Objective: Epidemiologic findings are inconsistent concerning the association of endometrial cancer risk with cigarette smoking. We conducted a meta-analysis of epidemiologic studies to examine this relation.
Methods: A systematic literature search up to June of 2007 was performed in MEDLINE and EMBASE. Study-specific risk estimates were pooled using a random-effects model.
Results: Ten prospective and 24 case-control studies were included in the analysis of the effect of ever smoking. Ever smoking was statistically significantly associated with a reduced risk of endometrial cancer among prospective studies (relative risk 0.81; 95% confidence interval [CI], 0.74-0.88) and case-control studies (odds ratio 0.72; 95% CI, 0.66-0.79). The inverse association was significant among current and former smokers. Six prospective and 6 case-control studies were included in the quantitative analysis. We noted that an increase in smoking of 20 cigarettes per day was statistically significantly associated with 16% and 27% reduced risks of endometrial cancer in prospective and case-control studies, respectively. We also found that cigarette smoking was significantly associated with a decreased risk of endometrial cancer among postmenopausal women (relative risk 0.71; 95% CI, 0.65-0.78) but not among premenopausal women. In addition, the risk reduction seemed to be stronger among hormone replacement therapy users than nonusers.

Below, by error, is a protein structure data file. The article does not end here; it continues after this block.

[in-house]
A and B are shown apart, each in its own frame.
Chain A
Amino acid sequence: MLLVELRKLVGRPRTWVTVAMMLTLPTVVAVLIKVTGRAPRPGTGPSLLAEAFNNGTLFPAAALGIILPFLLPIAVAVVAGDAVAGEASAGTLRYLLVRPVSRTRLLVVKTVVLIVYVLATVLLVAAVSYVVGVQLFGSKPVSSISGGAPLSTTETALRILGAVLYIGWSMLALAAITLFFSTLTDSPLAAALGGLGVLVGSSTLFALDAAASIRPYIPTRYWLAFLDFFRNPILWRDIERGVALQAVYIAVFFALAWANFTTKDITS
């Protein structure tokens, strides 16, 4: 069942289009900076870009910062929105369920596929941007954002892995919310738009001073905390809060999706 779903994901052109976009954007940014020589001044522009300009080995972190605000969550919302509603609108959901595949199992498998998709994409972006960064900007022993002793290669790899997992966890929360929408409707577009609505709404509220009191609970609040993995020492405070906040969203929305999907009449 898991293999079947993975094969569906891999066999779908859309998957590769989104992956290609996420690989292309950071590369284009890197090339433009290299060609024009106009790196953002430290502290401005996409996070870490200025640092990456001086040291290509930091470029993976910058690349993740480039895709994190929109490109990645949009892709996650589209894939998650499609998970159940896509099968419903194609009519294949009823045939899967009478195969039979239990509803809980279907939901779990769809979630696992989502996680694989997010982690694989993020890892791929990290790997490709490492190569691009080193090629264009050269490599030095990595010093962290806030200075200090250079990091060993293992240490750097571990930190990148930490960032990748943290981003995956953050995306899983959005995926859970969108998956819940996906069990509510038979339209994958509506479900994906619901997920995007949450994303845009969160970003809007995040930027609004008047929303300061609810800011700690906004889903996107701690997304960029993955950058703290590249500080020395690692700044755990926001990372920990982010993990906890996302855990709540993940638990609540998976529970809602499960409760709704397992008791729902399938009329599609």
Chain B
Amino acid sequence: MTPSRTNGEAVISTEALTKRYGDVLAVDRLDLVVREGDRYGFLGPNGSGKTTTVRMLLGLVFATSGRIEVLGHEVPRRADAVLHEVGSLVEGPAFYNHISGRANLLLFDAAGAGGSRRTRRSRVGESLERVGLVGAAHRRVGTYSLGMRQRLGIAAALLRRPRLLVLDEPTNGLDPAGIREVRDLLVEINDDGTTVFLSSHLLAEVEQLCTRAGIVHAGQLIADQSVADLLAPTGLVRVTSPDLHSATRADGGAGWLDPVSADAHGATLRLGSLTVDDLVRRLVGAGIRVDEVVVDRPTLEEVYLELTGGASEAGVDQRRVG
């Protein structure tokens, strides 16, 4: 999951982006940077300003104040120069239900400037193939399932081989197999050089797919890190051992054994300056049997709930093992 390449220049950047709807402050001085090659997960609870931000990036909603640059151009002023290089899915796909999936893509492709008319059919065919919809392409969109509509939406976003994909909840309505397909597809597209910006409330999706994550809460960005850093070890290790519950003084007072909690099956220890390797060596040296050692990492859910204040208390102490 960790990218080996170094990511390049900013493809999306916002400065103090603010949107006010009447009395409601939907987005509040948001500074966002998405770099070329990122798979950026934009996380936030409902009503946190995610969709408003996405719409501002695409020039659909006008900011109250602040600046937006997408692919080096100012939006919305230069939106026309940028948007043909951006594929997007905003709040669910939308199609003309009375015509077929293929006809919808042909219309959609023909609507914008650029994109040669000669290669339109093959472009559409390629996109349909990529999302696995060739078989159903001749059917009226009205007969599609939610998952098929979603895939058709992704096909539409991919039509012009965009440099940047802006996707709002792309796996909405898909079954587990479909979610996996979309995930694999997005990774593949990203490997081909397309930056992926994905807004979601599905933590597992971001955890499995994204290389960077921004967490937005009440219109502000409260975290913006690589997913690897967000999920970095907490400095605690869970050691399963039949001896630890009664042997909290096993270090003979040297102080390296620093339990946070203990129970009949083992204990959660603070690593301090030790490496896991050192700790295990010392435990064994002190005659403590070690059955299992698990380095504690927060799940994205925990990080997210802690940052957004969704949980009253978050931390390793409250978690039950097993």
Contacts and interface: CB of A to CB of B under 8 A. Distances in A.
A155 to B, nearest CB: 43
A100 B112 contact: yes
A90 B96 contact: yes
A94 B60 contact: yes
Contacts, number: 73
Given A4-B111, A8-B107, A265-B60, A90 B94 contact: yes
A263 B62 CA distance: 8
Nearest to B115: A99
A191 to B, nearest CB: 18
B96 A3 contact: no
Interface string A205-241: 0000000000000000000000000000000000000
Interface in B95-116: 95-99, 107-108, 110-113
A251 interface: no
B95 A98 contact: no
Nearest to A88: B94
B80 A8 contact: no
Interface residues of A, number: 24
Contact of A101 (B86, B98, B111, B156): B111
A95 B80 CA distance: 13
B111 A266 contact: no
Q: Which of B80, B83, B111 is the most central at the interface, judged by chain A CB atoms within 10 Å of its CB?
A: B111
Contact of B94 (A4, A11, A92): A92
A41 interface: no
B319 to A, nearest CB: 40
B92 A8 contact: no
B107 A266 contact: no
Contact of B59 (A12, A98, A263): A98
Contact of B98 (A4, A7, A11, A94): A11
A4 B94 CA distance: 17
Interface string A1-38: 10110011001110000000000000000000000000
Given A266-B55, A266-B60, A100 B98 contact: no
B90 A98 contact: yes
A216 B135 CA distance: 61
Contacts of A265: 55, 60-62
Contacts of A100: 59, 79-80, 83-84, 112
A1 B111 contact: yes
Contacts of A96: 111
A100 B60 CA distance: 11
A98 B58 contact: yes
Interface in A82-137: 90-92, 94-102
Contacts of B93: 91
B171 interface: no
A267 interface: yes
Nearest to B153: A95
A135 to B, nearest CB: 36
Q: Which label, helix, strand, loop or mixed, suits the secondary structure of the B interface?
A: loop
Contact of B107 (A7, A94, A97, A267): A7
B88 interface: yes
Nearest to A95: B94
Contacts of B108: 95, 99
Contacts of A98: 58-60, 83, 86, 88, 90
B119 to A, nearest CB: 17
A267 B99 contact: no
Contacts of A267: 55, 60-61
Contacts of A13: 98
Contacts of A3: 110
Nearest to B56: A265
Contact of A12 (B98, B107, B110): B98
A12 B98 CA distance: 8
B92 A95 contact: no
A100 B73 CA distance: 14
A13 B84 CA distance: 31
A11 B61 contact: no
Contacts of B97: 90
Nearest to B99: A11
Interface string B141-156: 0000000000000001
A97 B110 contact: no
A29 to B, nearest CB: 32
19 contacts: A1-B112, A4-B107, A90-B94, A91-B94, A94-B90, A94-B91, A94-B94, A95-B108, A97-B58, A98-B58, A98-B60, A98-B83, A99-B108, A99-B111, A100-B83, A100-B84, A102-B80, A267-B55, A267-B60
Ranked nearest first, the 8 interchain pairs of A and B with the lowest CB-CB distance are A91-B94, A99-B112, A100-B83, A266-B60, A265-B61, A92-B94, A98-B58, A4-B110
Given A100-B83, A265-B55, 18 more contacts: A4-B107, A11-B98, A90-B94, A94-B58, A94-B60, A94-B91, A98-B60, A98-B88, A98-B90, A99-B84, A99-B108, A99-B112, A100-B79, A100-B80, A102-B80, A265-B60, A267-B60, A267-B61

Conclusion: Cigarette smoking was found to be significantly associated with a reduced risk of endometrial cancer, especially among postmenopausal women.